by Chris Tobin
Prime Minister Jacinda Ardern brought some good news for Timaru and answered several pressing questions about the Provincial Growth Fund and the need for skilled overseas workers during a visit to Timaru on Tuesday.
The Prime Minister announced $11.6million from the Government’s Infrastructure Fund would go towards a major upgrade of Timaru’s Theatre Royal and the construction of a new connected Heritage Facility museum and exhibition space.
The total cost of the project was expected to be $12million.
The Timaru District Council applied for the funding as part of the Government’s shovel-ready funding scheme.
No decision has yet been made on two other projects Timaru applied for – the $21 million replacement of the Pareora pipeline and the $23million Downlands water supply project.
Timaru Mayor Nigel Bowen welcomed the announcement.
“It [the project] is very important culturally, socially and economically,” Mr Bowen said.
Mackenzie Mayor Graham Smith asked the Prime Minister why so much money from the Provincial Growth Fund was going to Northland.
“It’s extremely frustrating with the number of applications being turned down [in Canterbury] when there’s a really good chance for Canterbury to lead the recovery,” Mr Smith said.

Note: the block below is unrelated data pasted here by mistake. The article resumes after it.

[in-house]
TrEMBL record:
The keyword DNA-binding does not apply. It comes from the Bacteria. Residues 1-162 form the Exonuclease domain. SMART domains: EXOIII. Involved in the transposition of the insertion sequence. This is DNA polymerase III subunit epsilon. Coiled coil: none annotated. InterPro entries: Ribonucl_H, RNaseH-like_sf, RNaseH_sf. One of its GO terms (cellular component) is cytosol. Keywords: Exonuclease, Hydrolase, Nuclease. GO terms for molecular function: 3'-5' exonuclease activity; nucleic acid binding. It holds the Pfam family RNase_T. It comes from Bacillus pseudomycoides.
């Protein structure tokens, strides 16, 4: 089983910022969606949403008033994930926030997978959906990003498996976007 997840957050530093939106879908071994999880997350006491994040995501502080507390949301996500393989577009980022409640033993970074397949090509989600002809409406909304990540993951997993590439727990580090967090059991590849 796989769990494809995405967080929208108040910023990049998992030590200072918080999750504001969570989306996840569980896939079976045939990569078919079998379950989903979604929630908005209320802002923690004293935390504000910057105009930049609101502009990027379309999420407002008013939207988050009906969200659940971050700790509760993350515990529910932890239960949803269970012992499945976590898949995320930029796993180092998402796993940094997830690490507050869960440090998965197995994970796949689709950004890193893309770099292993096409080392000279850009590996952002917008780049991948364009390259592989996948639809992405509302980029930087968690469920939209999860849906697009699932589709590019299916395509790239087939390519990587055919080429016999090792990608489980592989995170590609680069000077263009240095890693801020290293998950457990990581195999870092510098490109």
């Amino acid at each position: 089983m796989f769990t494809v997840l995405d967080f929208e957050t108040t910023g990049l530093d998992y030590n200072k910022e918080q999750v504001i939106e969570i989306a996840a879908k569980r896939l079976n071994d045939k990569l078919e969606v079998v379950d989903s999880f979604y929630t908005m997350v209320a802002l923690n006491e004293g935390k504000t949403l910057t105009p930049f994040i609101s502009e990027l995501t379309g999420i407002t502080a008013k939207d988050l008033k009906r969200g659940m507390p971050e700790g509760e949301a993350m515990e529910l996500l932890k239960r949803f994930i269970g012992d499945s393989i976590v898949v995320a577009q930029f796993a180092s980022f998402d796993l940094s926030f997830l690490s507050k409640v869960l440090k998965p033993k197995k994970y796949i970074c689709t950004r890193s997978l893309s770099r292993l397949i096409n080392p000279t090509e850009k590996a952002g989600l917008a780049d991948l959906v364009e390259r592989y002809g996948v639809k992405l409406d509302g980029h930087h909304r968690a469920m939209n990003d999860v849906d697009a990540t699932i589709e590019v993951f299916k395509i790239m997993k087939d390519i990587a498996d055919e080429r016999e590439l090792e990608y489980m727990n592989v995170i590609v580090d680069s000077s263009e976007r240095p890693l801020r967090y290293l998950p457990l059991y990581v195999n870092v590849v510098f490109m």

Ms Ardern said the fund was designed to focus on areas with high levels of unemployment and deprivation, in Northland, the East Coast, Bay of Plenty and parts of Taranaki.
“In terms of the future, there will be an announcement soon regarding regional economic development and the role of ongoing investment in regional economies.”
Temuka farmer Murray Turley said he needed to employ 15 to 20 highly skilled harvesting operators from overseas and asked the Prime Minister what was being done.
“At present, there’s no pathway to recruit overseas,” Mr Turley said.
The timeliness of the operation was critical, he said.
Ms Ardern said while the emphasis was on returning New Zealanders entering the country, the Government wanted to incrementally provide extra capacity for skilled workers and had already established a pathway for skilled workers trying to return.
The Government was going through other sectors also, to assess where the need was critical and exemptions might be needed, she said.
“We’ll have to assess what is critical and the first thing is to source locally.”
She said the Government should have the answer shortly.
South Canterbury Chamber of Commerce deputy chief executive Fiona Stevens expressed concern about the Government’s proposal to reduce the number of district health boards around the country from 20 to between eight and 12 in the next five years, and its impact in Timaru and South Canterbury, where the local DHB was performing well.
Ms Ardern said there was a lot of room for improvement for the health system around the country.
A review [led by health economist and former Helen Clark confidant Heather Simpson] was a starting point, she said, and it was a matter of finding how it could be improved.
However, nothing had been determined at this stage.
“We’ve said before, there’s a need to consolidate.”